Poems (Emerson, 1847)/Loss and Gain

For works with similar titles, see Loss and Gain.
Poems  (1847)  by Ralph Waldo Emerson
Loss and Gain


Virtue runs before the Muse,
And defies her skill;
She is rapt, and doth refuse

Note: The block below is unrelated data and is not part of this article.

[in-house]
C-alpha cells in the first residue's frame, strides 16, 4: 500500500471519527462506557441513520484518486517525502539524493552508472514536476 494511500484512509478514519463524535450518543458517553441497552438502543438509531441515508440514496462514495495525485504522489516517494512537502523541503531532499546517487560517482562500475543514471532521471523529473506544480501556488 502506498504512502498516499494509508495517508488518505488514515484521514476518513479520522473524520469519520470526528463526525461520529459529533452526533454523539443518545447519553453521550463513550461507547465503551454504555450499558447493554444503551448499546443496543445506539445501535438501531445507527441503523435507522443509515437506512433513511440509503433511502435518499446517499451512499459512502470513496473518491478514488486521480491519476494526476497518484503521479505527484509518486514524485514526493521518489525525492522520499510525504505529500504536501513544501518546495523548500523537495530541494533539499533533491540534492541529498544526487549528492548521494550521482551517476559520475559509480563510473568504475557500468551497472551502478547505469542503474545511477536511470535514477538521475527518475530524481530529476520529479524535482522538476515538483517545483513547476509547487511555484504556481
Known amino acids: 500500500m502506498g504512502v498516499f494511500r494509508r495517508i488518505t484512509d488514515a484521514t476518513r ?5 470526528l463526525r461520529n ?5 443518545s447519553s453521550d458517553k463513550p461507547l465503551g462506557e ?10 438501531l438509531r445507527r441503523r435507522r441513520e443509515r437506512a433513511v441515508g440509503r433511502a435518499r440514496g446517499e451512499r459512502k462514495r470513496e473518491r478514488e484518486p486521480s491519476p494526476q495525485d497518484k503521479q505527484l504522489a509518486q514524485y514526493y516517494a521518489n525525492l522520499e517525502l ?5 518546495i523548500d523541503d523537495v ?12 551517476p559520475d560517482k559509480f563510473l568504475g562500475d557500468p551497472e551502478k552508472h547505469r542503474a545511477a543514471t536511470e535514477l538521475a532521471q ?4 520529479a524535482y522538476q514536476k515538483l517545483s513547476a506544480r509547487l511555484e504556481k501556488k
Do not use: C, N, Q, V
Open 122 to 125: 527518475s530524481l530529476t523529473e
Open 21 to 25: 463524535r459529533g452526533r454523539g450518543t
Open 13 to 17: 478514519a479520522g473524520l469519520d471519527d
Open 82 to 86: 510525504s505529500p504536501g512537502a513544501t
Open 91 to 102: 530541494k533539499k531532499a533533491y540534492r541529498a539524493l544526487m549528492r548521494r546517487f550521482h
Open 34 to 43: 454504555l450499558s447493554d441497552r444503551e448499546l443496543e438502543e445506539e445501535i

To wait a painter's will.

Star-adoring, occupied,
Virtue cannot bend her
Just to please a poet's pride,
To parade her splendor.

The bard must be with good intent
No more his, but hers;
Must throw away his pen and paint,
Kneel with worshippers.

Then, perchance, a sunny ray
From the heaven of fire,
His lost tools may overpay,
And better his desire.